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Fourth echelon

Blue Eyes Linked To Higher Risk Of Alcohol Dependence In New Study

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Could a potential sign of alcohol dependence be lurking in your reflection?

People with light-colored eyes -- which researchers defined as blue, green, gray, or with brown in the center -- may have a greater chance of becoming dependent on alcohol, a new study from the University of Vermont suggests.

Researchers found that within a sample of 1,263 European-Americans, alcohol dependence was more prevalent among those with light eyes than those with dark brown eyes. People with blue eyes had the highest rates of alcohol dependence, according to the study. Scientists controlled for other variables that could influence the result, such as age, sex and genetic ancestry.

The study also found a "statistically significant" interaction between genes for eye color and genes associated with alcohol dependence. A genetic interaction is when one gene influences the effect that another gene has.

 

The study defined "alcohol dependence" using criteria from the Diagnostic and Statistical Manual of Mental Disorders - 4th Edition, researcher Dawei Li told The Huffington Post. Li co-led the study with Ph.D. student Arvis Sulovari.

http://www.huffingtonpost.com/2015/07/01/blue-eyes-alcoholic-light-colored-eyes_n_7705806.html?utm_hp_ref=science

http://goinglikesixty.com/wp-content/uploads/2009/08/kermit.gif

 

 
 
 

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On 7/9/2015, 9:47:38, Storm64 said:

Could a potential sign of alcohol dependence be lurking in your reflection?

People with light-colored eyes -- which researchers defined as blue, green, gray, or with brown in the center -- may have a greater chance of becoming dependent on alcohol, a new study from the University of Vermont suggests.

Researchers found that within a sample of 1,263 European-Americans, alcohol dependence was more prevalent among those with light eyes than those with dark brown eyes. People with blue eyes had the highest rates of alcohol dependence, according to the study. Scientists controlled for other variables that could influence the result, such as age, sex and genetic ancestry.

The study also found a "statistically significant" interaction between genes for eye color and genes associated with alcohol dependence. A genetic interaction is when one gene influences the effect that another gene has.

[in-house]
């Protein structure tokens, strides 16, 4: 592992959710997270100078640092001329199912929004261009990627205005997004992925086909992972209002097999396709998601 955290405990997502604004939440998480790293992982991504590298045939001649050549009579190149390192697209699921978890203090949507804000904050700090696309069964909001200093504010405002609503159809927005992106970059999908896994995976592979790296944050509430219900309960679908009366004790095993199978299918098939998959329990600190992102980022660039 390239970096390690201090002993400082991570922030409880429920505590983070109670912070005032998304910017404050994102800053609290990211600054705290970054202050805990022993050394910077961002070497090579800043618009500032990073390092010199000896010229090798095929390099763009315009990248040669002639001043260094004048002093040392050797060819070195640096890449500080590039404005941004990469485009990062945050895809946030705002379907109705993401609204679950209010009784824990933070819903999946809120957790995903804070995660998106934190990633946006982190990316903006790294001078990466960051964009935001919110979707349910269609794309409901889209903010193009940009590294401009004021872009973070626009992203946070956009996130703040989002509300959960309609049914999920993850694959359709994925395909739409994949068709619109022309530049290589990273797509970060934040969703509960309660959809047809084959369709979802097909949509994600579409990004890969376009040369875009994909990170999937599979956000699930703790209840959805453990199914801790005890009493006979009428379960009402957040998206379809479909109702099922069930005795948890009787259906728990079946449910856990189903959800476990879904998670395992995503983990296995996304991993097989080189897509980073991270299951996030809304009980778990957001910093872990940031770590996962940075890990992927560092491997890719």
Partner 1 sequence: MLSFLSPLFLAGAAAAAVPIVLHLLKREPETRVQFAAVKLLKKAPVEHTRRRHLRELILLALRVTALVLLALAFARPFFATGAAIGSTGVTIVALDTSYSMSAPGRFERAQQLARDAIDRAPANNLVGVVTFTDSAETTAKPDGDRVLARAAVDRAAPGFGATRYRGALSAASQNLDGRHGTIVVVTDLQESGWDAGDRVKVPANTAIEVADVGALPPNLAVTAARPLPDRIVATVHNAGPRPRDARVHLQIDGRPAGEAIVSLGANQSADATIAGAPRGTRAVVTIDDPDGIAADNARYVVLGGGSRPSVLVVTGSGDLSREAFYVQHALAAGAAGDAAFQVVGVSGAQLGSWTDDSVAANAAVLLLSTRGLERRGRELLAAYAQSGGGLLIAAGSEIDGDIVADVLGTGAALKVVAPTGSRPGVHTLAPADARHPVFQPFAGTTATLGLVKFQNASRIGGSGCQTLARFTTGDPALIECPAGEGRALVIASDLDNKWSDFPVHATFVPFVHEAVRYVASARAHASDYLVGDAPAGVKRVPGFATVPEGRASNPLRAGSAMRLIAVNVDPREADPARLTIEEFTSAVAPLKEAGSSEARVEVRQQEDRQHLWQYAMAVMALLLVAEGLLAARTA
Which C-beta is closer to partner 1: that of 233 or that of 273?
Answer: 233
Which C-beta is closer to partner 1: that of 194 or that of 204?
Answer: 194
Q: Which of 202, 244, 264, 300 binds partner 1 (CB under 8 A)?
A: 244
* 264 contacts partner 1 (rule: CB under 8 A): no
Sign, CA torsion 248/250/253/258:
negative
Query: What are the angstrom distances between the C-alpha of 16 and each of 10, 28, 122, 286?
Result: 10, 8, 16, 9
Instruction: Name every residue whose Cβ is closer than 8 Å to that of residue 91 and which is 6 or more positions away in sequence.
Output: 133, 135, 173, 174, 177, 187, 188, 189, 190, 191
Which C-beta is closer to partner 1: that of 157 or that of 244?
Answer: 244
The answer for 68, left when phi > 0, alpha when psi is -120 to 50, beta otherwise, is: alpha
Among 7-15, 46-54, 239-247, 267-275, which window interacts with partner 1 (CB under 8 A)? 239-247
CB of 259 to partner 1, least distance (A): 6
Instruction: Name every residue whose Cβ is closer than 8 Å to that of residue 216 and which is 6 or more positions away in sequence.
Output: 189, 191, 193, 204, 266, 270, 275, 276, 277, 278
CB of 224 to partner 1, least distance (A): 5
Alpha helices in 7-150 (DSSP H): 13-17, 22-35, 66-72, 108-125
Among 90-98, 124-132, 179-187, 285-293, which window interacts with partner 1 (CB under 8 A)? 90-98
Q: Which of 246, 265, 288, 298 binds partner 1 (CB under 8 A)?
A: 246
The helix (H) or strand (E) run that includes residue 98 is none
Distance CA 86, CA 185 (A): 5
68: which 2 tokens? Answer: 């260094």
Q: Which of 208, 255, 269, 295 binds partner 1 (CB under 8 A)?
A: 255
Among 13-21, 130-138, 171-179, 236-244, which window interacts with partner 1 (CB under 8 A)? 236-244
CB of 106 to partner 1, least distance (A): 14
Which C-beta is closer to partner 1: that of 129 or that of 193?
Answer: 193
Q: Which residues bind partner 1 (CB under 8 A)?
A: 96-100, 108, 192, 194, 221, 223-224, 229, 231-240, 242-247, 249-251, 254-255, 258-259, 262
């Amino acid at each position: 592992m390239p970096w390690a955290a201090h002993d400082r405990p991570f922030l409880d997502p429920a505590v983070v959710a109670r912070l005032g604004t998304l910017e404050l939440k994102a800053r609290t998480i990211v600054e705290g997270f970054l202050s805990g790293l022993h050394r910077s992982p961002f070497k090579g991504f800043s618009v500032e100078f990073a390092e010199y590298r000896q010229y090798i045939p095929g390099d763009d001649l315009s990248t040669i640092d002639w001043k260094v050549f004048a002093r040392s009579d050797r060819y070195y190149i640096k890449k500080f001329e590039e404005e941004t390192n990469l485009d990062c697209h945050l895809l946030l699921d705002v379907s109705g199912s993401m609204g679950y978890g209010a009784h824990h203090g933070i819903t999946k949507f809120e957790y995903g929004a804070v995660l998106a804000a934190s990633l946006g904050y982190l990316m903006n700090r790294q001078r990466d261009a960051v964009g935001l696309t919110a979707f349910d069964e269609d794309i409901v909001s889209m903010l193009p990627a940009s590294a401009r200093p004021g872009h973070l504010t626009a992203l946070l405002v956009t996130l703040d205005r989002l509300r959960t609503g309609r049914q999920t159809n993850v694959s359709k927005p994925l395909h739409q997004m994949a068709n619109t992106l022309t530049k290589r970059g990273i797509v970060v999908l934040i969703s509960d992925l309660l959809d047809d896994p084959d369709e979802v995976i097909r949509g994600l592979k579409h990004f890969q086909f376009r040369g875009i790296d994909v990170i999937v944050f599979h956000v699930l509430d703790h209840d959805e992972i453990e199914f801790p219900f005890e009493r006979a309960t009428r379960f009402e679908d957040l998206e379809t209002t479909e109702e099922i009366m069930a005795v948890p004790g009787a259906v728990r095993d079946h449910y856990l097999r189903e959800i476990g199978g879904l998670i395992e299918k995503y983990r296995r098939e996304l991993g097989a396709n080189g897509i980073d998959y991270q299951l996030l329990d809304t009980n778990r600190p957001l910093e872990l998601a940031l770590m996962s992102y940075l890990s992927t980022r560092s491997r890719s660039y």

The study defined "alcohol dependence" using criteria from the Diagnostic and Statistical Manual of Mental Disorders - 4th Edition, researcher Dawei Li told The Huffington Post. Li co-led the study with Ph.D. student Arvis Sulovari.

http://www.huffingtonpost.com/2015/07/01/blue-eyes-alcoholic-light-colored-eyes_n_7705806.html?utm_hp_ref=science

 

 
 
 

This explains a lot. <Has blue eyes>

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Hmmm... :cjnohced: lol.

Okay, but we handle pain better and have lower rates of anxiety and depression... wait, that could just be the effects of the alcohol. :huh:

Eye Color Explained: 5 Surprising Things Your Baby Blues Say About Your Health And Personality

Some scientists may argue that your eye color can tell you something about how your pain tolerance. One study published earlier this year found that out of 58 women, those with light-colored eyes seemed to experience less pain when giving birth compared to those with dark-colored eyes. Not only did women with light-colored eyes experience less physical pain, but they also reportedly had less anxiety, depression, and negative thoughts. “Human pain is correlated with multiple factors like gender, age, and hair color,” said Dr. Inna Belfar, a geneticist at the University of Pittsburgh who was a leading author of the study, at the American Pain Society's annual meeting in June. “Researchers have found that red hair is associated with resistance to anestheticsm and also to increased anxiety, and darker eye color has been reportedly found to correlate with increased physiologic reactivity and drug-induced pupil dilation."

http://www.medicaldaily.com/eye-color-explained-5-surprising-things-your-baby-blues-say-about-your-health-and-310792

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